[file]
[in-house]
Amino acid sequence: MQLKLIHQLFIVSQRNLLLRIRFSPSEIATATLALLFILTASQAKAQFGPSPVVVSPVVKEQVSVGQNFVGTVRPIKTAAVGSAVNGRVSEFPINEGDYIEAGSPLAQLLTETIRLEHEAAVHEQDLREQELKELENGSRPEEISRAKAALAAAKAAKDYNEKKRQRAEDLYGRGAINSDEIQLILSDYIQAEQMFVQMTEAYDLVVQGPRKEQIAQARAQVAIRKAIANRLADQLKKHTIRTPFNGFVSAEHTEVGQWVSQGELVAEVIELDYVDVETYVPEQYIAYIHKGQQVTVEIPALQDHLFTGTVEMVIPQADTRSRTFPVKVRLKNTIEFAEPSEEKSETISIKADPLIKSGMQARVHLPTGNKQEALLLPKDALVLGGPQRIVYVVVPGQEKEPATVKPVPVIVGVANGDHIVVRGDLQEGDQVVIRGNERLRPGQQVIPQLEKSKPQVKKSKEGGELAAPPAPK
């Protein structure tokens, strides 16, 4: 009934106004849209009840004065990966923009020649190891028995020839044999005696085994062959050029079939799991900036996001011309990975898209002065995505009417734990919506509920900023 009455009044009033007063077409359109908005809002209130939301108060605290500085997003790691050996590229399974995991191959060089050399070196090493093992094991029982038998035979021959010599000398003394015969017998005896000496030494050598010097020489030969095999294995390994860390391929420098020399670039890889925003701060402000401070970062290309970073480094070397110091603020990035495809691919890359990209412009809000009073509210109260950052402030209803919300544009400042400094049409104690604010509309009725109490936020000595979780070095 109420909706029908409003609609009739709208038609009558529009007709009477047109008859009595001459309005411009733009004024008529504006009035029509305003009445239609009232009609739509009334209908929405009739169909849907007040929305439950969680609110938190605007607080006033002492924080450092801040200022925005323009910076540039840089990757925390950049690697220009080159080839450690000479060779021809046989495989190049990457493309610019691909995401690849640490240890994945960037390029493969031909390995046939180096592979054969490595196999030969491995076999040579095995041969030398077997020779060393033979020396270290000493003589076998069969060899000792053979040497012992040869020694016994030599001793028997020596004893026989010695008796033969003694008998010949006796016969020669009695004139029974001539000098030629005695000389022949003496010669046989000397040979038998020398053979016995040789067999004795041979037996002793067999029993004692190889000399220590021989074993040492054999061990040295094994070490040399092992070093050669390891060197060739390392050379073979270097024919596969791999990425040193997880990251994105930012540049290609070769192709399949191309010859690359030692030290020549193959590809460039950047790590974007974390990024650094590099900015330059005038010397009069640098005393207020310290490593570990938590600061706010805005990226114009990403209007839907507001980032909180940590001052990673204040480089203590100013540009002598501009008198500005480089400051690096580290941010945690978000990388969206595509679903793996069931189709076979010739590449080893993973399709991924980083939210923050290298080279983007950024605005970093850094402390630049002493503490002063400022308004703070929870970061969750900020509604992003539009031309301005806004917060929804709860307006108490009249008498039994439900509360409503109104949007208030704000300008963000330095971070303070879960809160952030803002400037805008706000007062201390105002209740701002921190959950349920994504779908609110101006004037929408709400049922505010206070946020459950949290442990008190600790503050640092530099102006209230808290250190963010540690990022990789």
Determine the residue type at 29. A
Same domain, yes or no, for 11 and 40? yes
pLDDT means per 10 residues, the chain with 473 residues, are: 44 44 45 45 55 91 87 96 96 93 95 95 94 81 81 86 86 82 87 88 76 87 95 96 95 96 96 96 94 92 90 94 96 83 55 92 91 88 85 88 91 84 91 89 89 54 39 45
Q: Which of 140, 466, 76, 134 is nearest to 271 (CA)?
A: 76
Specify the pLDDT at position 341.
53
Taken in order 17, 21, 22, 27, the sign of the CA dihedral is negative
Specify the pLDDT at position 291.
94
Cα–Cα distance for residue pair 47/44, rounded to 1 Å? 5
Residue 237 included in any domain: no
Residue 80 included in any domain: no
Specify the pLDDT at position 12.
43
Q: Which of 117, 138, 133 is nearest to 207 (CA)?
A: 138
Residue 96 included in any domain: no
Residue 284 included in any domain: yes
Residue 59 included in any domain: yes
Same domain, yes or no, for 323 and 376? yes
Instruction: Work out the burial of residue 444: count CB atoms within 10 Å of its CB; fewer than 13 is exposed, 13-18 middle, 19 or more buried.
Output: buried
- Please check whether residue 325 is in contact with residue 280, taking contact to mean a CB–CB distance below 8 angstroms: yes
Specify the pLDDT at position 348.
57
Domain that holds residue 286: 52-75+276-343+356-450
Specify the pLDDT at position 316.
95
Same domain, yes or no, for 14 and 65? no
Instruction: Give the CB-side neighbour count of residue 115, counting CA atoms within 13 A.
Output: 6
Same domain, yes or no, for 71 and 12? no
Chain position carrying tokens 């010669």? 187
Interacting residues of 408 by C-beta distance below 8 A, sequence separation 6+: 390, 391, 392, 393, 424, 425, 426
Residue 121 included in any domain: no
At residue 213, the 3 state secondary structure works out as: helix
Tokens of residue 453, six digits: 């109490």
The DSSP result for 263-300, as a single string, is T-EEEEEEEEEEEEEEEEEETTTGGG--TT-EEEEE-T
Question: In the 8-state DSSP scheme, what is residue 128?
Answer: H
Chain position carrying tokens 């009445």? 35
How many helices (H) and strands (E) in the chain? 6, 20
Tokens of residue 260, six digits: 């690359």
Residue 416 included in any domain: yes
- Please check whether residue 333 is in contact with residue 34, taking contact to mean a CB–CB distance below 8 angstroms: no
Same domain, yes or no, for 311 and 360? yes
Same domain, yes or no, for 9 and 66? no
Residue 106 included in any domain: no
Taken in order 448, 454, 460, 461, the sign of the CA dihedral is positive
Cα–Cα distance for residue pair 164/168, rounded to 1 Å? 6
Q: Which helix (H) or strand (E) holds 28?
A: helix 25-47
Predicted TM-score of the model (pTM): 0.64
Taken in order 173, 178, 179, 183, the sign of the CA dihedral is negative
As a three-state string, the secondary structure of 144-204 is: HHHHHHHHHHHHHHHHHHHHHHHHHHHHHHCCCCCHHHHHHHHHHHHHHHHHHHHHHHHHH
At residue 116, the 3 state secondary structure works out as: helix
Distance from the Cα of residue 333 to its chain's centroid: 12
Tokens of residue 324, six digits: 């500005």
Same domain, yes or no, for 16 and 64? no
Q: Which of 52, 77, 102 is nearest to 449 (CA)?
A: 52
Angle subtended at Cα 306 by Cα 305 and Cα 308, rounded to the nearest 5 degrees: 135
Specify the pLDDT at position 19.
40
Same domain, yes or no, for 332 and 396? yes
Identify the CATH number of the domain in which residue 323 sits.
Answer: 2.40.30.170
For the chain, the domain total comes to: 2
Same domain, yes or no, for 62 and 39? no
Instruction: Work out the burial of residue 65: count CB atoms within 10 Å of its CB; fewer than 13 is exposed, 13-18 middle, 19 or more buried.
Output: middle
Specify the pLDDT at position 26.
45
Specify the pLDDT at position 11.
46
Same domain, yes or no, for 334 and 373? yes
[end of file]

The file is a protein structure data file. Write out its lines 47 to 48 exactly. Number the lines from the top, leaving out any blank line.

Tokens of residue 260, six digits: 């690359």
Residue 416 included in any domain: yes